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Works Thomas Girtin after James Moore

Christchurch Priory

1792 - 1793

Print after: John Walker (active 1776–1802), 'from an Original Drawing by T. Girtin', etching and engraving, 'Christ-Church Abbey, Hampshire' for The Copper-Plate Magazine, vol.5, no.104, pl.207, 1 September 1800, 15 × 20 cm, 5 ⅞ × 7 ⅞ in. Reprinted in Thomas Miller, Turner and Girtin's Picturesque Views, p.143, 1854. British Museum, London (1862,0712.826).

Photo courtesy of The Trustees of the British Museum (CC BY-NC-SA 4.0)

Artist's source: James Moore (1762–99), Christchurch Priory, 1 August 1791, graphite on laid paper, 16.8 × 21.3 cm, 6 ⅝ × 8 ⅜ in. Yale Center for British Art, Paul Mellon Collection (B1975.3.657).

Photo courtesy of Yale Center for British Art, Paul Mellon Collection (Public Domain)

Thomas Girtin (1775-1802) after James Moore (1762-1799)
  • Christchurch Priory
1792 - 1793
Part of
Object Type
Drawing for a Print; Work after an Amateur Artist
Subject Terms
Gothic Architecture: Parish Church; Hampshire View

Catalogue Number
Description Source(s)
The original known only from the print


Possibly 'Daniell'; bought from him by Dr John Percy (1817–89), 1875; his posthumous sale, Christie's, 17 April 1890, lot 519 as 'Christ Church Abbey, Hampshire; and the engraving'; bought by 'Vokins' for £3 10s; J & W Vokins

About this Work

The long-lost watercolour by Girtin of the priory church of Christchurch in Hampshire is known only from the engraving that appeared in The Copper-Plate Magazine in September 1800, which is inscribed ‘from an Original Drawing by T. Girtin’ (Walker, 1792–1802, vol.5) (see the print after, above). The watercolour was presumably supplied to the publisher John Walker (active 1776–1802) by James Moore (1762–99), who lent a number of his drawings by Girtin for engraving, including a view of Exeter Cathedral (TG0092). This would explain why the subject is not recorded in any of the lists of the Moore collection as it passed down several generations of the family following the death of Girtin’s patron in 1799. The inscription on the print, combined with the survival of Moore’s drawing, does mean that we can be fairly sure that the lost watercolour was one of the seventy or so copies that Girtin produced from the antiquarian’s on-the-spot sketches. Girtin is documented as having worked for Moore between October 1792 and February 1793 for a fee of six shillings a day, producing small watercolours on paper generally measuring roughly 6 ½ × 8 ½ in (16.5 × 21.5 cm) and it is likely that the missing drawing fitted this format (Moore, Payments, 1792–93).1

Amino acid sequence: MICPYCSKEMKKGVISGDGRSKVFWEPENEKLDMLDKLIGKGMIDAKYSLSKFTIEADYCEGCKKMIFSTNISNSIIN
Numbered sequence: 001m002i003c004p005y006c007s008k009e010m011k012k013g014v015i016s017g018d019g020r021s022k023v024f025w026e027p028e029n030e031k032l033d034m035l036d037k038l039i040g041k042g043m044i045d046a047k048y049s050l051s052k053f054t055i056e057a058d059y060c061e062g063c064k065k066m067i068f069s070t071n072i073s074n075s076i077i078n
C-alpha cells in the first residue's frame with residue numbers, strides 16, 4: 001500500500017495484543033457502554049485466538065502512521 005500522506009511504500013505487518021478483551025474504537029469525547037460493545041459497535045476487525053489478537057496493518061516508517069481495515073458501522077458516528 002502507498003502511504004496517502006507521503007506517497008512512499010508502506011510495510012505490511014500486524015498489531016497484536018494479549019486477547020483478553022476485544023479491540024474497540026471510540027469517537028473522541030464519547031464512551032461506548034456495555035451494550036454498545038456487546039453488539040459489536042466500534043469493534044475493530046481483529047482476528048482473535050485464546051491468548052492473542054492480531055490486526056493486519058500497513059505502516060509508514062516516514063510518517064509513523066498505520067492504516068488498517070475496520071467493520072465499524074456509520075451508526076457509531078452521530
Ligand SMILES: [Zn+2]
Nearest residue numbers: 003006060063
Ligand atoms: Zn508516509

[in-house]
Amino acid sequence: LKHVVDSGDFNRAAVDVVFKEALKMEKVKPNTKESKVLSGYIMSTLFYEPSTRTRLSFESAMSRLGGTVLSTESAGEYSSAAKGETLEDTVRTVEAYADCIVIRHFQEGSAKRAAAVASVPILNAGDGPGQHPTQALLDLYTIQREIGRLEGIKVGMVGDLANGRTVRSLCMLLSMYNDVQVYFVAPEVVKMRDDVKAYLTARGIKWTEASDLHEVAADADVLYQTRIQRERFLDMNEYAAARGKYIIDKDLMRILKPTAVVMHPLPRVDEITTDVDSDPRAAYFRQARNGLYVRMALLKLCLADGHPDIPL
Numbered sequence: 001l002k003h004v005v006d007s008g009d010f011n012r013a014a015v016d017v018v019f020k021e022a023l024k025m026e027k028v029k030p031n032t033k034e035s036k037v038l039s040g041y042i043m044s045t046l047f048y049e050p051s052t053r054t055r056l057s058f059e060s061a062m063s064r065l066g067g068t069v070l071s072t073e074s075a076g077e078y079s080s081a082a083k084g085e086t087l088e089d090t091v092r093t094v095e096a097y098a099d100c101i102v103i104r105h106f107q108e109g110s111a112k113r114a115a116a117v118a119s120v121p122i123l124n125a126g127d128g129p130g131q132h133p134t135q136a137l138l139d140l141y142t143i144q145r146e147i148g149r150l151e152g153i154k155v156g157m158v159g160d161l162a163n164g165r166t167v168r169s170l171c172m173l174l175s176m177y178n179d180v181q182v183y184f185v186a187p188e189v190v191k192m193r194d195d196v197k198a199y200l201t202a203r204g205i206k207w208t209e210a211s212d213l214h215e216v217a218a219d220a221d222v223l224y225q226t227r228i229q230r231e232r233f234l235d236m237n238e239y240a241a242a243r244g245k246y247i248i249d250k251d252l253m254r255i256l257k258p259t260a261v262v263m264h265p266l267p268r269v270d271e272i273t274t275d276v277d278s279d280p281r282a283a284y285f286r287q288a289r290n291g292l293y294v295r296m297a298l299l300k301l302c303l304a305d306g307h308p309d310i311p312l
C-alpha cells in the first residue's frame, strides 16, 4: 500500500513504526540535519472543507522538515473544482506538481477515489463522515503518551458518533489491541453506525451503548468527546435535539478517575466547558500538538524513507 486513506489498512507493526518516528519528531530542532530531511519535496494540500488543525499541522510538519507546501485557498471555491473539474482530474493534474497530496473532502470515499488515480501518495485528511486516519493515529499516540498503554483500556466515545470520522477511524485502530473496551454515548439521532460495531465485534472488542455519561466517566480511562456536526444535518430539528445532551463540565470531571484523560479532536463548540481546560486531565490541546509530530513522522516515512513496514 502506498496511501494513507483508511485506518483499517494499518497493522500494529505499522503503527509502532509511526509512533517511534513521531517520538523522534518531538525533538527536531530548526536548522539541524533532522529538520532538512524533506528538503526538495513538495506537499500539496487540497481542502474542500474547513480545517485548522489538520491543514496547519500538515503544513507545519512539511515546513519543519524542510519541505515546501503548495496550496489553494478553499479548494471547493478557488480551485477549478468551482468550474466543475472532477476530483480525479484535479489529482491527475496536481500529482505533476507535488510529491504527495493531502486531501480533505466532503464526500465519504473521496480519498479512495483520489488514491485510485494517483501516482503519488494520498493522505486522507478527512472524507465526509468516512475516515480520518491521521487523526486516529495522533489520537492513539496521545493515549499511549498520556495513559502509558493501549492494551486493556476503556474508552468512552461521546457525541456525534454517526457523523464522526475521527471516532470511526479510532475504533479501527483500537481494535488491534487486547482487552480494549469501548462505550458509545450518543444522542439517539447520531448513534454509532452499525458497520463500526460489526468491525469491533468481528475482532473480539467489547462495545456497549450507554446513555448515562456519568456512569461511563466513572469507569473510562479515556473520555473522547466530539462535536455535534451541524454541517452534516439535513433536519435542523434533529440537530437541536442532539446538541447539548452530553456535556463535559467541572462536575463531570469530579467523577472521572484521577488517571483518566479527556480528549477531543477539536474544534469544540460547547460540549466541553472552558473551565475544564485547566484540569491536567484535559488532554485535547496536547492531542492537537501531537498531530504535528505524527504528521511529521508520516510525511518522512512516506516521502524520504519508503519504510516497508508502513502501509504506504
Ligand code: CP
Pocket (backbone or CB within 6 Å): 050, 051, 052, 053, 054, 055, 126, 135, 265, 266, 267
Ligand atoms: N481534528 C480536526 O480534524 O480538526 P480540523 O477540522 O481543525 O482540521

Moore chose a viewpoint for his sketch at the east end (see the source image above), from where the impressive length of the priory church can be appreciated. Girtin corrected the amateur’s shaky perspective but could do little to improve what Nikolaus Pevsner describes as the ‘disjointed’ appearance of the building when viewed from an oblique angle (Pevsner and Lloyd, 1967, p.167). Edward Dayes (1763–1804) struggled with the same problem when he repeated Moore’s composition in a watercolour dated 1792.2 A professional artist might have corrected the faulty perspective in the foreground, but it would have taken a visit to the site itself to sort out the confused collection of parts of the building in the distance.

Christchurch Abbey, Hampshire

The collector Dr John Percy (1817–89) recorded in 1875 that he had acquired what he described as ‘a reduced copy’ (‘6.55”w. 4.3”h’) of Girtin’s original drawing, ‘made for the engraver’ (Percy Catalogue, p.42/2). Despite the fact that Percy himself thought that his drawing displayed ‘not the slightest resemblance to Girtin's work’ it was sold as an autograph work of the artist (Exhibitions: Christie’s, 17 April 1890, lot 519). Because it too has remained untraced, there is still the possibility, therefore, that it was the Girtin drawing engraved for the Copper-Plate Magazine. More recently, what appears to be a copy of the print appeared at auction as 'Attributed to Joseph Mallord William Turner (1775–1851)' (Reeman Dansie, 9 November 2022, lot 1323, see figure 1).3 The poor quality of the watercolour suggests that we are no closer to tracing the missing original.

1792 - 1793

The West Front of Exeter Cathedral, and St Mary Major


by Greg Smith

Place depicted


  1. 1 The document detailing the payments made to the young Girtin by Moore is transcribed in full in the Documents section of the Archive (1792–93 – Item 1).
  2. 2 The Dayes watercolour from 1792, made during the period of Girtin’s apprenticeship, appeared at auction in 2017 (Clarke's, 8 January 2017, lot 6).
  3. 3 The work was with the Fine Art Society in November 1958 and was sold again at Reeman Dansie, Colchester in February 2018 when it fetched £6000.

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